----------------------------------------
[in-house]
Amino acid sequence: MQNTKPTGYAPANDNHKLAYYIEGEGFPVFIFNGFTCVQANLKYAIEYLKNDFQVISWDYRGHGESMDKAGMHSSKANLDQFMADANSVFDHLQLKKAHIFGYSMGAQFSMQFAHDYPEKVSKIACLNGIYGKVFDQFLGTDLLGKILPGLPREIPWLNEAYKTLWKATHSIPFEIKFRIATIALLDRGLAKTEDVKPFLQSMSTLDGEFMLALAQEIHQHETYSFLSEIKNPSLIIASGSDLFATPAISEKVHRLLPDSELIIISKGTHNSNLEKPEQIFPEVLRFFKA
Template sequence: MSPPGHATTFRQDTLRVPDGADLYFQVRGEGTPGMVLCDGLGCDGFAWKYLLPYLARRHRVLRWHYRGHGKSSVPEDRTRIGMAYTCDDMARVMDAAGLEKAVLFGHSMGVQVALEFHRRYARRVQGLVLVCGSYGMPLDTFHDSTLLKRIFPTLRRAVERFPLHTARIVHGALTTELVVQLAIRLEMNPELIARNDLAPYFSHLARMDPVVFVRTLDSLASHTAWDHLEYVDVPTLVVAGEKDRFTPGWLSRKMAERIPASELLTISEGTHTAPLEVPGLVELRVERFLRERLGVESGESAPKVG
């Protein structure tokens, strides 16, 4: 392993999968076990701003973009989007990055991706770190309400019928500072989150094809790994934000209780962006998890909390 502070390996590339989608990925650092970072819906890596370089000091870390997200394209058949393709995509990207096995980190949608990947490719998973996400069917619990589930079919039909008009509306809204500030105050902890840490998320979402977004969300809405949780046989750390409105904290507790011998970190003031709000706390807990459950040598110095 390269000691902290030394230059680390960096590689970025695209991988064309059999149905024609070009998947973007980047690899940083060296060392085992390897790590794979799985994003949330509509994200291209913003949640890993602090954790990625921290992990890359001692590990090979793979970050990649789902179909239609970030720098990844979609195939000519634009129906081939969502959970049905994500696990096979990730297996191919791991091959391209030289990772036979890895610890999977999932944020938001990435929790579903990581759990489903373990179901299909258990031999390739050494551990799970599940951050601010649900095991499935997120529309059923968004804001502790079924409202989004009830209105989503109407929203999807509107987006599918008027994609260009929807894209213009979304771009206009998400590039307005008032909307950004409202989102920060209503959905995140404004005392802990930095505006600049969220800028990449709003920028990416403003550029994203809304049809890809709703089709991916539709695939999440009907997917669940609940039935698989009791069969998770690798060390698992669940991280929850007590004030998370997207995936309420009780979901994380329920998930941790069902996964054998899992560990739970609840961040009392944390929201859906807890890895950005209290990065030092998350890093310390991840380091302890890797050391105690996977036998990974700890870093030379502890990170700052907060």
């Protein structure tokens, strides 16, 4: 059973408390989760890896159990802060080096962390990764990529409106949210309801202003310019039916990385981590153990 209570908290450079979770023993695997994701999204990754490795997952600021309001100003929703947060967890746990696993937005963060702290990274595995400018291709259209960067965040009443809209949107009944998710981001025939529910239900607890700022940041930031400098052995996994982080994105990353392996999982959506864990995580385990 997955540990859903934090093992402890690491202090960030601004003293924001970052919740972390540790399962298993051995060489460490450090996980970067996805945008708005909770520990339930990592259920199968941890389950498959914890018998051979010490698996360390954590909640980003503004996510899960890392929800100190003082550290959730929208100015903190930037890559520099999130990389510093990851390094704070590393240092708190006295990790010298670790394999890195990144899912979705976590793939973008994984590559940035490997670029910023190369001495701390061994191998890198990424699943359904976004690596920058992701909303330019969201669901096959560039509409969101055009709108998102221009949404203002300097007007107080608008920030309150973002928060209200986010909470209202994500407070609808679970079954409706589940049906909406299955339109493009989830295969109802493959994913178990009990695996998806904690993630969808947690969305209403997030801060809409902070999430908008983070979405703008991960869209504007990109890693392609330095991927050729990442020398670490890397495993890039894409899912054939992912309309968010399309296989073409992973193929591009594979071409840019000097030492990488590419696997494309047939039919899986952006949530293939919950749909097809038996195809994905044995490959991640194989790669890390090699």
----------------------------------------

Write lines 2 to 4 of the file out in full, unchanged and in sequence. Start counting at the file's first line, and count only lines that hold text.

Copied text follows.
Amino acid sequence: MQNTKPTGYAPANDNHKLAYYIEGEGFPVFIFNGFTCVQANLKYAIEYLKNDFQVISWDYRGHGESMDKAGMHSSKANLDQFMADANSVFDHLQLKKAHIFGYSMGAQFSMQFAHDYPEKVSKIACLNGIYGKVFDQFLGTDLLGKILPGLPREIPWLNEAYKTLWKATHSIPFEIKFRIATIALLDRGLAKTEDVKPFLQSMSTLDGEFMLALAQEIHQHETYSFLSEIKNPSLIIASGSDLFATPAISEKVHRLLPDSELIIISKGTHNSNLEKPEQIFPEVLRFFKA
Template sequence: MSPPGHATTFRQDTLRVPDGADLYFQVRGEGTPGMVLCDGLGCDGFAWKYLLPYLARRHRVLRWHYRGHGKSSVPEDRTRIGMAYTCDDMARVMDAAGLEKAVLFGHSMGVQVALEFHRRYARRVQGLVLVCGSYGMPLDTFHDSTLLKRIFPTLRRAVERFPLHTARIVHGALTTELVVQLAIRLEMNPELIARNDLAPYFSHLARMDPVVFVRTLDSLASHTAWDHLEYVDVPTLVVAGEKDRFTPGWLSRKMAERIPASELLTISEGTHTAPLEVPGLVELRVERFLRERLGVESGESAPKVG
């Protein structure tokens, strides 16, 4: 392993999968076990701003973009989007990055991706770190309400019928500072989150094809790994934000209780962006998890909390 502070390996590339989608990925650092970072819906890596370089000091870390997200394209058949393709995509990207096995980190949608990947490719998973996400069917619990589930079919039909008009509306809204500030105050902890840490998320979402977004969300809405949780046989750390409105904290507790011998970190003031709000706390807990459950040598110095 390269000691902290030394230059680390960096590689970025695209991988064309059999149905024609070009998947973007980047690899940083060296060392085992390897790590794979799985994003949330509509994200291209913003949640890993602090954790990625921290992990890359001692590990090979793979970050990649789902179909239609970030720098990844979609195939000519634009129906081939969502959970049905994500696990096979990730297996191919791991091959391209030289990772036979890895610890999977999932944020938001990435929790579903990581759990489903373990179901299909258990031999390739050494551990799970599940951050601010649900095991499935997120529309059923968004804001502790079924409202989004009830209105989503109407929203999807509107987006599918008027994609260009929807894209213009979304771009206009998400590039307005008032909307950004409202989102920060209503959905995140404004005392802990930095505006600049969220800028990449709003920028990416403003550029994203809304049809890809709703089709991916539709695939999440009907997917669940609940039935698989009791069969998770690798060390698992669940991280929850007590004030998370997207995936309420009780979901994380329920998930941790069902996964054998899992560990739970609840961040009392944390929201859906807890890895950005209290990065030092998350890093310390991840380091302890890797050391105690996977036998990974700890870093030379502890990170700052907060």